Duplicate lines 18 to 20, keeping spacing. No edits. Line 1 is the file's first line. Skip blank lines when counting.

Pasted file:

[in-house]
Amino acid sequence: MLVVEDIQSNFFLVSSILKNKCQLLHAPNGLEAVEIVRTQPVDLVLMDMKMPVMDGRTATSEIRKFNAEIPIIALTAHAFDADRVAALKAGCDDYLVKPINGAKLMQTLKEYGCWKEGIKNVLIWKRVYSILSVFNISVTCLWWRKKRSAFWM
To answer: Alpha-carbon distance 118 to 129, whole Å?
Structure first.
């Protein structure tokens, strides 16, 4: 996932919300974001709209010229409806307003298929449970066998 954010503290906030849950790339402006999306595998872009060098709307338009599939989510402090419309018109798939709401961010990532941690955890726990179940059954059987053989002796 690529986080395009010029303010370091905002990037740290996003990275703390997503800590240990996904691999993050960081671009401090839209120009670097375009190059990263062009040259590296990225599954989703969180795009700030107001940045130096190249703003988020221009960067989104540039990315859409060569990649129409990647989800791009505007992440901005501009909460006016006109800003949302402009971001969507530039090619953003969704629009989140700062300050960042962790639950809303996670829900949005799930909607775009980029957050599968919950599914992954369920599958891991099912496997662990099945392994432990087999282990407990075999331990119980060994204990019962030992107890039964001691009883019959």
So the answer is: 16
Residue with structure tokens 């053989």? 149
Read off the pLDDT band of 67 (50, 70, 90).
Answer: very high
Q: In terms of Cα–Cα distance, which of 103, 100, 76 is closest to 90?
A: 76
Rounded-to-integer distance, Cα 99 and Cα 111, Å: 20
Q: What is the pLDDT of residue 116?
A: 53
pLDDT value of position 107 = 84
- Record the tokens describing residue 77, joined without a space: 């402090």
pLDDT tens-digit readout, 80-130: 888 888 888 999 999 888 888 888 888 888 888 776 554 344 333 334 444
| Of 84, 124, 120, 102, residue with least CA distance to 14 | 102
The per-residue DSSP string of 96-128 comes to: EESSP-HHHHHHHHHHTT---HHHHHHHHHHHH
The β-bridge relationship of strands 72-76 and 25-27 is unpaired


| Of 84, 124, 120, 102, residue with least CA distance to 14 | 102
The per-residue DSSP string of 96-128 comes to: EESSP-HHHHHHHHHHTT---HHHHHHHHHHHH
The β-bridge relationship of strands 72-76 and 25-27 is unpaired